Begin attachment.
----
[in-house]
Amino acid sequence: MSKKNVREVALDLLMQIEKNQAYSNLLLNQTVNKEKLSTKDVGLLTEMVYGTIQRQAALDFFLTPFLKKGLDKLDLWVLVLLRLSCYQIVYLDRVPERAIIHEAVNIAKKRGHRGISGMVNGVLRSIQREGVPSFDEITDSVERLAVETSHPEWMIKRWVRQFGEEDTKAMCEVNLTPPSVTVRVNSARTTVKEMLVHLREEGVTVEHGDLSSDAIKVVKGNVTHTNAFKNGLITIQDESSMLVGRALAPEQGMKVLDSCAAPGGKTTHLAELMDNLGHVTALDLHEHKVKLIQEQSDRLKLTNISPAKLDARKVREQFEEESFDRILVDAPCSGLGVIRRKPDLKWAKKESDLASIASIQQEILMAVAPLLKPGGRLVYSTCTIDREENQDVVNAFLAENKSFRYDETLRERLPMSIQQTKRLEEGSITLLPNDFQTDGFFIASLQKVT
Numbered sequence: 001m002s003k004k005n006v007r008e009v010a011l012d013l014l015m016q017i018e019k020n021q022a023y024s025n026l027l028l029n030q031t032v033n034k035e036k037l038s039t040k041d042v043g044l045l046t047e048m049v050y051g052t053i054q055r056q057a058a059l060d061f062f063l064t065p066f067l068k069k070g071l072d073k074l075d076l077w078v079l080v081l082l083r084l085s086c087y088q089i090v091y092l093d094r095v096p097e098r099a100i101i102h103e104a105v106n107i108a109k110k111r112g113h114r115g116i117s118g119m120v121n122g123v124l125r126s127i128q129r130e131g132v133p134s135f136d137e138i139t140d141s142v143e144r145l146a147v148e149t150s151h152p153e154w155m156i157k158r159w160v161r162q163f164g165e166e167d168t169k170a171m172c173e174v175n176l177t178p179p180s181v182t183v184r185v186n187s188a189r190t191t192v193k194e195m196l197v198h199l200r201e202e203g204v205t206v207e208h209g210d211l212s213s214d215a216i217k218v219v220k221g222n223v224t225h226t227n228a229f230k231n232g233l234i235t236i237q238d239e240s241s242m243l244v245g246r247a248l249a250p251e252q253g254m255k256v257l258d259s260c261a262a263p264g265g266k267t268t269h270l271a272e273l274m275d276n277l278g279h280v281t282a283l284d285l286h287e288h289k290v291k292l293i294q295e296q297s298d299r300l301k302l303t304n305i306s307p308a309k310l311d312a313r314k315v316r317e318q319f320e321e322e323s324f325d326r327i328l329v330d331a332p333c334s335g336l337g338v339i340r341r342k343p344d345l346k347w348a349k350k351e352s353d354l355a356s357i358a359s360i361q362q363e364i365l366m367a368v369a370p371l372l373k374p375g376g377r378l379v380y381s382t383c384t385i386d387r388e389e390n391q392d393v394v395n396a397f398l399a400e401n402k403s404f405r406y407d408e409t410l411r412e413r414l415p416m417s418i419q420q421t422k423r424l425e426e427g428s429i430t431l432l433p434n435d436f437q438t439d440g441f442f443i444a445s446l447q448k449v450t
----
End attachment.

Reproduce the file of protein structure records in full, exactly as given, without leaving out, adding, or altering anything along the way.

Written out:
[in-house]
Amino acid sequence: MSKKNVREVALDLLMQIEKNQAYSNLLLNQTVNKEKLSTKDVGLLTEMVYGTIQRQAALDFFLTPFLKKGLDKLDLWVLVLLRLSCYQIVYLDRVPERAIIHEAVNIAKKRGHRGISGMVNGVLRSIQREGVPSFDEITDSVERLAVETSHPEWMIKRWVRQFGEEDTKAMCEVNLTPPSVTVRVNSARTTVKEMLVHLREEGVTVEHGDLSSDAIKVVKGNVTHTNAFKNGLITIQDESSMLVGRALAPEQGMKVLDSCAAPGGKTTHLAELMDNLGHVTALDLHEHKVKLIQEQSDRLKLTNISPAKLDARKVREQFEEESFDRILVDAPCSGLGVIRRKPDLKWAKKESDLASIASIQQEILMAVAPLLKPGGRLVYSTCTIDREENQDVVNAFLAENKSFRYDETLRERLPMSIQQTKRLEEGSITLLPNDFQTDGFFIASLQKVT
Numbered sequence: 001m002s003k004k005n006v007r008e009v010a011l012d013l014l015m016q017i018e019k020n021q022a023y024s025n026l027l028l029n030q031t032v033n034k035e036k037l038s039t040k041d042v043g044l045l046t047e048m049v050y051g052t053i054q055r056q057a058a059l060d061f062f063l064t065p066f067l068k069k070g071l072d073k074l075d076l077w078v079l080v081l082l083r084l085s086c087y088q089i090v091y092l093d094r095v096p097e098r099a100i101i102h103e104a105v106n107i108a109k110k111r112g113h114r115g116i117s118g119m120v121n122g123v124l125r126s127i128q129r130e131g132v133p134s135f136d137e138i139t140d141s142v143e144r145l146a147v148e149t150s151h152p153e154w155m156i157k158r159w160v161r162q163f164g165e166e167d168t169k170a171m172c173e174v175n176l177t178p179p180s181v182t183v184r185v186n187s188a189r190t191t192v193k194e195m196l197v198h199l200r201e202e203g204v205t206v207e208h209g210d211l212s213s214d215a216i217k218v219v220k221g222n223v224t225h226t227n228a229f230k231n232g233l234i235t236i237q238d239e240s241s242m243l244v245g246r247a248l249a250p251e252q253g254m255k256v257l258d259s260c261a262a263p264g265g266k267t268t269h270l271a272e273l274m275d276n277l278g279h280v281t282a283l284d285l286h287e288h289k290v291k292l293i294q295e296q297s298d299r300l301k302l303t304n305i306s307p308a309k310l311d312a313r314k315v316r317e318q319f320e321e322e323s324f325d326r327i328l329v330d331a332p333c334s335g336l337g338v339i340r341r342k343p344d345l346k347w348a349k350k351e352s353d354l355a356s357i358a359s360i361q362q363e364i365l366m367a368v369a370p371l372l373k374p375g376g377r378l379v380y381s382t383c384t385i386d387r388e389e390n391q392d393v394v395n396a397f398l399a400e401n402k403s404f405r406y407d408e409t410l411r412e413r414l415p416m417s418i419q420q421t422k423r424l425e426e427g428s429i430t431l432l433p434n435d436f437q438t439d440g441f442f443i444a445s446l447q448k449v450t